Theo Janssen had noticed topsoil disappearing down the drain on his family farm in the Owaka Valley, so he started looking around at what they could do and came across a composting system.
We farm on about 136 hectares, with an 80-82 hectare milking platform, and milking 200 cows.
We winter all our cows inside, and things can get pretty rough around here. The main focus for us on this farm is to look after our stock as well as we can. We’re feeding grain in the shed, and the focus is on making as much milk per cow and looking after them well as I said.
The main supplement we use in the wintering barn is just grass silage, as it keeps things simple.
When you start seeing your topsoil disappear down the drain you know something isn’t working. But then we felt that we really like to have our milkers inside as well on the days that they needed to be in the nights and that doesn’t work in the herd home.
So then we started looking around at what we could do and came across a composting system. We decided to go for a very wide structure, 24 metres wide which is nice, there are no issues at all for driving tractors through here, trucks can come in and tip a load of sawdust off without hitting the roof.
Cows travel a lot less, walking up and down, and especially if you want to feed them both sides, the wider the better I reckon.
Now we can keep all our cows inside all winter, but we also have the option of keeping our milkers inside, which we do. Generally from the first of May, they stay inside for eight or 10 hours a day, mainly also to capture the nutrients that they would otherwise lose and that’s been working well.
The composting floor will give us in the end some very good fertiliser that’s going to really help us on the farm as well and it’s an ideal place for a cow to lay in.
We started off by getting a good base layer of wood chip and then mainly sawdust on top, a little bit of wood chip through seems to work very well for us.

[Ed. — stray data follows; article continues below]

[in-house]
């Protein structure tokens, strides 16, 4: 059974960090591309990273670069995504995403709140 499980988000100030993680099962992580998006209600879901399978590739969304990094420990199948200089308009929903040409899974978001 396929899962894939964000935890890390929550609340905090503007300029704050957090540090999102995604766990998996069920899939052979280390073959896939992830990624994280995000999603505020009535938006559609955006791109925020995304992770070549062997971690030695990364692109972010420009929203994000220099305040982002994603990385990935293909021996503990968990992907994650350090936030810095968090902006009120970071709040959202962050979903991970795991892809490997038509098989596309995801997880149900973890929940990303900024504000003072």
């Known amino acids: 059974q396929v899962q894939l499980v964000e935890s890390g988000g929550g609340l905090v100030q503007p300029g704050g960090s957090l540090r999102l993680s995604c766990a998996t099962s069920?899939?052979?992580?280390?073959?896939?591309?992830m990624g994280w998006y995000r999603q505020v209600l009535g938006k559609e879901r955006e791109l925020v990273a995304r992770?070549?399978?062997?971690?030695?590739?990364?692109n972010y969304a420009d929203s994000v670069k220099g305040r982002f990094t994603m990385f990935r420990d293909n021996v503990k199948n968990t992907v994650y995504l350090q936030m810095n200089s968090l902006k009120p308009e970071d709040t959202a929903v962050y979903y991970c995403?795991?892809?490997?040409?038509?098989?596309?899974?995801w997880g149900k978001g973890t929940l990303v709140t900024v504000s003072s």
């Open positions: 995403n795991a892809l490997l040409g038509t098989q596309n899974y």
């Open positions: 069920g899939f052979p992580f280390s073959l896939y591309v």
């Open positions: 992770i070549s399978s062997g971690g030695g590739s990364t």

Part of the process of getting it to compost is trying to get as much air in as we can to get the oxygen to the bacteria so the process works. We’re ripping once a day, generally.
One of the things is if you rip it very deep the material gets really loose. The cows actually find it a bit hard to walk in. We’ve been trying to rip a bit less deep to make it slightly easier on the cows.
On good, frosty mornings or cold days, we definitely see a lot of steam coming out which clearly indicates that all your moisture is disappearing. Temperatures go up from between 40 and 50 degrees once things are working well.
The cows in here in the winter, they’re very happy. They’re very content, they turn into quiet cows as well, it’s easy to make sure they get enough to eat, and it really, really does work. The cows in the composting barn stay clean, way cleaner than in a herd home.
A SmartShelters advantage that lets you get control
One of the advantages of venturing inside is that you’ve got full control. The other advantage is that every winter you know what your cows are going to be like at the end of winter because they’re not affected by the climate in the same way, or not at all really.
Here the cows struggle to eat 10 kilos of dry matter. If you were to try and have them in the same condition on an outside system you’d have to feed them 14 to 16 kilos a day to get there.
We’re looking at a bit of a southerly coming through tonight, it can get a bit rough and they’re forecasting snow down to 200 metres so tonight we’ll split this barn up so the springers will be in the small part of it and then we have room to put all our milkers inside as well which is going to save the paddock and is going to save me a lot of sleep because I can actually sleep quietly.
We’re very happy with the decision to build the SmartShelters, it’s working really well for our business.